Warofdreams, my stance is the same as Red Deathy's: nobody here is contesting Wikipedia's verifiability policy; we are simply disputing how to apply it. Now, you write that "unverified figures from any party are suspect". By that logic, the sizes for practically any private organization on Wikipedia are suspect, since most organizations keep their member lists private. (I'm a member of several major scholarly and professional associations, and nearly all of their membership application/renewal forms or charters state this explicitly.) Many such organizations don't even publish aggregate statistics on membership size; this information would be confined to internal reports only. But even if they did publish such statistics, that would be a primary source with no independent verification. Any secondary source reporting on membership size would simply be restating the numbers of the official report, since there is no other source for the data apart from breaking into the organization's HQ, stealing or copying the membership database, and individually contacting every person mentioned therein to confirm his or her membership. In summary, your claims for verifiability for cases such as this are completely ludicrous. That said, I'm just as happy with membership information being left out of this article entirely, since it's not relevant to the object of the Party but merely a piece of historical trivia. —Psychonaut 14:08, 26 May 2006 (UTC)
You are right that unverified published figures from any organisation may be acceptable, but are suspect and I would always want to see the source cited - although clearly some organisations have more incentive and more opportunity to exaggerate figures than others (this is not to suggest that Red Deathy's figures are anything other than accurate). The problem in this instance is that the figures have not been published and cannot be verified in any way, beyond asking Red Deathy. They have not been published by the SPGB (mention by a member of an organisation is not the same as publication by the organisation), so they are not self-published sources and as such are not acceptable for verification. Warofdreams talk 20:56, 26 May 2006 (UTC)
Your response contains a number of factually incorrect statements which leads me to believe you have not been carefully reading the postings here by Red Deathy and myself. First, you say that the figures given by Red Deathy "cannot be verified in any way". However, Red Deathy proposed plenty of ways to verify his statement, including referencing the Party archivist's report, or by consulting the Party membership database directly. Second, if your only standard of verifiability is a published source rather than an internal document, then please prove this to me by removing from Wikipedia articles membership figures for practically every trade union and professional association. The vast majority of these organizations produce no published material at all, so any membership figures for them are bound to come from internally circulated reports and newsletters. —Psychonaut 22:17, 26 May 2006 (UTC)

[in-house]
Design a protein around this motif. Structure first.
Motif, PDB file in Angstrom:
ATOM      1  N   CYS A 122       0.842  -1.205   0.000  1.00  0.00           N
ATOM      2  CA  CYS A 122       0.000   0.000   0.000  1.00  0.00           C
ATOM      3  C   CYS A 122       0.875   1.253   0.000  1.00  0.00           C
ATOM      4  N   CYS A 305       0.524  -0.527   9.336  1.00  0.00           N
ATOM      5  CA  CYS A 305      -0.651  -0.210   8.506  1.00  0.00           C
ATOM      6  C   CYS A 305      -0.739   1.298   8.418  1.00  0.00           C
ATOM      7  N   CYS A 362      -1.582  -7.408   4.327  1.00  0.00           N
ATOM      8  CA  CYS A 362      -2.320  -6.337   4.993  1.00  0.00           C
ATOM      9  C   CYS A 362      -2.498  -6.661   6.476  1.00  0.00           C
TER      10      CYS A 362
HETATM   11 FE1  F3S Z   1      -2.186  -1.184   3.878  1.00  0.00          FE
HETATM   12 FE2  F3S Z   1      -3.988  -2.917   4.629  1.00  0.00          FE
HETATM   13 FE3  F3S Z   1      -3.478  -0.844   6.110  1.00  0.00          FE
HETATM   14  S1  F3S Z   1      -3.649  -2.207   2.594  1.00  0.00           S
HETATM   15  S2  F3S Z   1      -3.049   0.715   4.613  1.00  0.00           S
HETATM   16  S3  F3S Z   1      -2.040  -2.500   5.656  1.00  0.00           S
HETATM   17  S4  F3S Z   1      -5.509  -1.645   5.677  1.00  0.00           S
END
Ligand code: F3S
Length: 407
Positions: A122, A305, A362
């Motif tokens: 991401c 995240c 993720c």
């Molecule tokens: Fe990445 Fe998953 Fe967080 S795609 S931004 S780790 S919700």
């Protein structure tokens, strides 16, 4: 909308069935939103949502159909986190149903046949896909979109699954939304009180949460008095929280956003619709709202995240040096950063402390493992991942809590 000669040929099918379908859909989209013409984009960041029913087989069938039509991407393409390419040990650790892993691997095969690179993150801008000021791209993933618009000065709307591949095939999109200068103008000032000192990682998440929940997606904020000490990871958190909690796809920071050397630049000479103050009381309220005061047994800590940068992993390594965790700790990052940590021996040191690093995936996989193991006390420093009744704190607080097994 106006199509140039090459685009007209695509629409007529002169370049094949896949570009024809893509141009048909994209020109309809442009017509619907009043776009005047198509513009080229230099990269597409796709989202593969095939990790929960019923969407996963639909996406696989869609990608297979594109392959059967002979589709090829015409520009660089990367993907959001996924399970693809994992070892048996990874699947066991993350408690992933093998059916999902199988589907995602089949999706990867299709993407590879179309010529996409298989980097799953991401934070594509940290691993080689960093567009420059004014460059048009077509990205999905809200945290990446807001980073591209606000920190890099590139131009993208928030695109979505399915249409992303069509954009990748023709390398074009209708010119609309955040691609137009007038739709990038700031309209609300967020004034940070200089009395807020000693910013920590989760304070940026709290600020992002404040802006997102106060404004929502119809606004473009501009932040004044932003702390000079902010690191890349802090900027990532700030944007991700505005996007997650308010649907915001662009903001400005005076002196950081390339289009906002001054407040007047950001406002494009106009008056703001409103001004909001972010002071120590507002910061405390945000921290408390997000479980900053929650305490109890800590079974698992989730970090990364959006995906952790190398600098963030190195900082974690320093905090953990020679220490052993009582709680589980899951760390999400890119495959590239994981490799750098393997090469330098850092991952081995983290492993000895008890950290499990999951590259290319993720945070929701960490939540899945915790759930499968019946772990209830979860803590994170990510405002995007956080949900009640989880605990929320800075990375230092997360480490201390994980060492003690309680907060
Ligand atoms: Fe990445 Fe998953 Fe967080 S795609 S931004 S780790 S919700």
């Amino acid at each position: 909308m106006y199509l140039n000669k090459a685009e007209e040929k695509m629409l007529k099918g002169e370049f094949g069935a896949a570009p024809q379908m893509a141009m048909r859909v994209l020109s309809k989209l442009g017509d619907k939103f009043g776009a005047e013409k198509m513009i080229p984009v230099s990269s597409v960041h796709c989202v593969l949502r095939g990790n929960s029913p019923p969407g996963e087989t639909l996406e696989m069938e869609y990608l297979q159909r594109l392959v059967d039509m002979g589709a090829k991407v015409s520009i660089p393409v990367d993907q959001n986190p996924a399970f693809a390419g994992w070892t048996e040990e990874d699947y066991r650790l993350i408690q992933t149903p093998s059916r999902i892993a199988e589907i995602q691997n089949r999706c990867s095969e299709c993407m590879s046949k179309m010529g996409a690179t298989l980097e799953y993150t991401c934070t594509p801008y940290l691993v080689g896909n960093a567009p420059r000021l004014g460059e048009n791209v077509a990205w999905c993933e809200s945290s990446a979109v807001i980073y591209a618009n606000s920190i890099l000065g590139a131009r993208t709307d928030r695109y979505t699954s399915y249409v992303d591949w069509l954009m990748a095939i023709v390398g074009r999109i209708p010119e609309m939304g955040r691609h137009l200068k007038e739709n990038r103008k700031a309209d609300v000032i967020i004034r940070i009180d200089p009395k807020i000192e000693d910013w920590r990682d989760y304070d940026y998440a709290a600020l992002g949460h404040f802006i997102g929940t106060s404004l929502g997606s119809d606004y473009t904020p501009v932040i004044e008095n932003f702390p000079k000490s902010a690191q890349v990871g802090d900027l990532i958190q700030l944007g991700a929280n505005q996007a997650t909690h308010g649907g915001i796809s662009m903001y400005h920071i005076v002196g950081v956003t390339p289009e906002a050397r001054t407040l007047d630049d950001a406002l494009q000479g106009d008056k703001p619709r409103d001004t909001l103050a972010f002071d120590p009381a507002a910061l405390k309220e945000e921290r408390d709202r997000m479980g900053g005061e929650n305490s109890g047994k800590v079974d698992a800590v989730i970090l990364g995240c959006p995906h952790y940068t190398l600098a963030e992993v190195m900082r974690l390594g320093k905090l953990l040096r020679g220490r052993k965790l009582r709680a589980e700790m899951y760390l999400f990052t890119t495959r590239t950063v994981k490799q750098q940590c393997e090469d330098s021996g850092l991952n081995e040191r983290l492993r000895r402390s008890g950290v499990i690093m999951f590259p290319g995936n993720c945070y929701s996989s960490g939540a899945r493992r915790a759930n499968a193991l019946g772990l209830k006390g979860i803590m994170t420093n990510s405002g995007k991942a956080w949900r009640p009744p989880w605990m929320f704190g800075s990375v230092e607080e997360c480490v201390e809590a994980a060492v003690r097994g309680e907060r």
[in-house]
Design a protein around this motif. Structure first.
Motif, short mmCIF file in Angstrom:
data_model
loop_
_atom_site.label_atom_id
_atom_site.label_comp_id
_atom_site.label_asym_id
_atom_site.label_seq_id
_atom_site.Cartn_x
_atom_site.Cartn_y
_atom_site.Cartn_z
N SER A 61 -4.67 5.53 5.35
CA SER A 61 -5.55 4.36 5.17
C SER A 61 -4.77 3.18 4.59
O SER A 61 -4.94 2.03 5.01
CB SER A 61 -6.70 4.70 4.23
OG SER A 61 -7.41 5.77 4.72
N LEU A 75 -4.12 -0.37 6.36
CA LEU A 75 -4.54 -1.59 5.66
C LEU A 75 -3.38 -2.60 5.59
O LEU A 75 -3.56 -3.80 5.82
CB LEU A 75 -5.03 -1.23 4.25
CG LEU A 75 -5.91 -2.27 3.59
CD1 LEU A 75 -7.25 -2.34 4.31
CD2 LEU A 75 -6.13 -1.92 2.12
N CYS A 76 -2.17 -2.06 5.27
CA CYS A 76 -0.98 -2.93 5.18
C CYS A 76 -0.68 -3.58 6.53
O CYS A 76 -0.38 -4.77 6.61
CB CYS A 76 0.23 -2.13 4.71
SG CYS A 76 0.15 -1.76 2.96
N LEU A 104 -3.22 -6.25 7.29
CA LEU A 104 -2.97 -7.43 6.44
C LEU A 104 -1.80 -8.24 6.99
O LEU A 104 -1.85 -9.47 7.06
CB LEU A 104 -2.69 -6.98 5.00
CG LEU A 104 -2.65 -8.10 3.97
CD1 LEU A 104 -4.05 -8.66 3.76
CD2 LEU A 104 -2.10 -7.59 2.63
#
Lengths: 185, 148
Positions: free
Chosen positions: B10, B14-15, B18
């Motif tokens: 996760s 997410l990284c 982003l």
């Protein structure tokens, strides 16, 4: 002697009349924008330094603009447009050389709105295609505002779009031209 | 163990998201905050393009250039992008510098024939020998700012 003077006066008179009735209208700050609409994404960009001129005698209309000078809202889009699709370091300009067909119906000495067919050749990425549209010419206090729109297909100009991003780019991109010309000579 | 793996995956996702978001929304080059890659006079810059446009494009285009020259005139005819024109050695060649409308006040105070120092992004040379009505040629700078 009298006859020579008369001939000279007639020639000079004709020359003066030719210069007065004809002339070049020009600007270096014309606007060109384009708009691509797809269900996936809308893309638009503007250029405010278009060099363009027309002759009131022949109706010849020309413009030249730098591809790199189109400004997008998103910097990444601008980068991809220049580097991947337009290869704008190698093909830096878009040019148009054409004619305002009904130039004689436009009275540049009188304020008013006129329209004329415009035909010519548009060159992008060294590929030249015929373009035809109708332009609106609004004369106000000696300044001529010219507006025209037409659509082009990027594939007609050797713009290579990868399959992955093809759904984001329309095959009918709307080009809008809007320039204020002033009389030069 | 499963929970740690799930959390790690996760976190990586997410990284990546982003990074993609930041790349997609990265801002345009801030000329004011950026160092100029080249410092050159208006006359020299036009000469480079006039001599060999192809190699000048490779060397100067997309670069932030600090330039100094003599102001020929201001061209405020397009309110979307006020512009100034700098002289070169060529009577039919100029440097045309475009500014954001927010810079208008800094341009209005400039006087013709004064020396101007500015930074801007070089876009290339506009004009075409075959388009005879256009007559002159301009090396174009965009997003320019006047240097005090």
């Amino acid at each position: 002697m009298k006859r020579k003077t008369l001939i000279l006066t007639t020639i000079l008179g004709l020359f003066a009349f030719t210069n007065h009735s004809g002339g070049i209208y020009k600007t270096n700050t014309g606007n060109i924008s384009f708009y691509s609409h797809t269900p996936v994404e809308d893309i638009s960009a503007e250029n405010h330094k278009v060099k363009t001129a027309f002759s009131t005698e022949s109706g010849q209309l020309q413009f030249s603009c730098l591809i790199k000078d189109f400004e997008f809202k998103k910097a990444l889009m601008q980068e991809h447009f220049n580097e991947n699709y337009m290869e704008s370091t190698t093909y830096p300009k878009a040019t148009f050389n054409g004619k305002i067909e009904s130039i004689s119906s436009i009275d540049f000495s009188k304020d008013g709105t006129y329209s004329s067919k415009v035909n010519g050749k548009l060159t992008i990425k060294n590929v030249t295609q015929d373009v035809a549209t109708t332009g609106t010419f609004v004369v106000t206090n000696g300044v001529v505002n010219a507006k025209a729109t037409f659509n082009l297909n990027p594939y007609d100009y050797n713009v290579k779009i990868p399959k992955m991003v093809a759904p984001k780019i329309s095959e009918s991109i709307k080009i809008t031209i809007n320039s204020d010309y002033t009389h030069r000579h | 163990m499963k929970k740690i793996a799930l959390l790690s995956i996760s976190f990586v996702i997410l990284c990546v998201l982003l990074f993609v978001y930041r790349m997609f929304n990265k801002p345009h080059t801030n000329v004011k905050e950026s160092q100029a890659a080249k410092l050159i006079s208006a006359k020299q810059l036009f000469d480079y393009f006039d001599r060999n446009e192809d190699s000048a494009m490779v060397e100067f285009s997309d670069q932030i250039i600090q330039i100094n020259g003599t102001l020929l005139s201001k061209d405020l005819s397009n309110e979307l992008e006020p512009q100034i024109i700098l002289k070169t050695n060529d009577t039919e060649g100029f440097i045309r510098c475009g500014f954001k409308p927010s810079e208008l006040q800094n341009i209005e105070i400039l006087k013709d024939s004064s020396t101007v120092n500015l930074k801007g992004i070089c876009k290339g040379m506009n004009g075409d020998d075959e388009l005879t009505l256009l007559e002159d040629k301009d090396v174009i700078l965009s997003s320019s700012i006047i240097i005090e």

I would hope that we do not have figures in any articles which come solely from unpublished reports and newsletters; if we do, and they do not appear in published material (either by the group or in secondary sources), then of course they are unverifiable and should be removed. If the party archivist's report or the database has been published, then that's fine, but I strongly got the impression that this was not the case. The key point - verification requires published material. Warofdreams talk 13:09, 27 May 2006 (UTC)
Not contiunuing an argument, have found way out - but for point of reference - since the documents concerned were distributed among several hundred members of the party, and all documentation (save the names and addresses of members) are available to the public and copies will be sent to enquirers, doesn't that count as published, especially as they are in a publically accessible archive as well? I'll reiterate, their standing is the same as a small publication or rare book - grey literature is an essential info source in some subject areas. The key point, Shirley, is that the info be verifiable, and should be in a published source, sometimes it may be verifiable by another route. Anyway, Like I said, I've found an innacurate but verifiable source, which I'll cite when I restore the paragraph...and add a few more based on it...--Red Deathy 10:14, 28 May 2006 (UTC)
Great, that sounds like a good solution. The issue of what constitutes publication might be best taken to WP:V; it sounds like we might need a definition of it. Warofdreams talk 22:02, 28 May 2006 (UTC)

Some proposed changes[edit]

This is potentially a controversial topic, so I have decided not to make changes without first announcing my intent. I would be in favour of changing:

  • It consistently argues against both vanguardism and any sort of reform, and refuses to engage in direct action or to co-operate with other political parties. The SPGB and its companion parties in other states constitute the World Socialist Movement.

to

  • It consistently argues against vanguardism, and denies the possibility of reforming capitalism in the interests of the working class. It refuses to engage in direct action or to co-operate with political parties that do not share its object and declaration of principles. The SPGB and its companion parties in other states constitute the World Socialist Movement. Mattley 22:06, 7 Nov 2004 (UTC)
I don't see what's so controversial about your proposed changes. I don't object to them. Psychonaut 22:41, 7 Nov 2004 (UTC)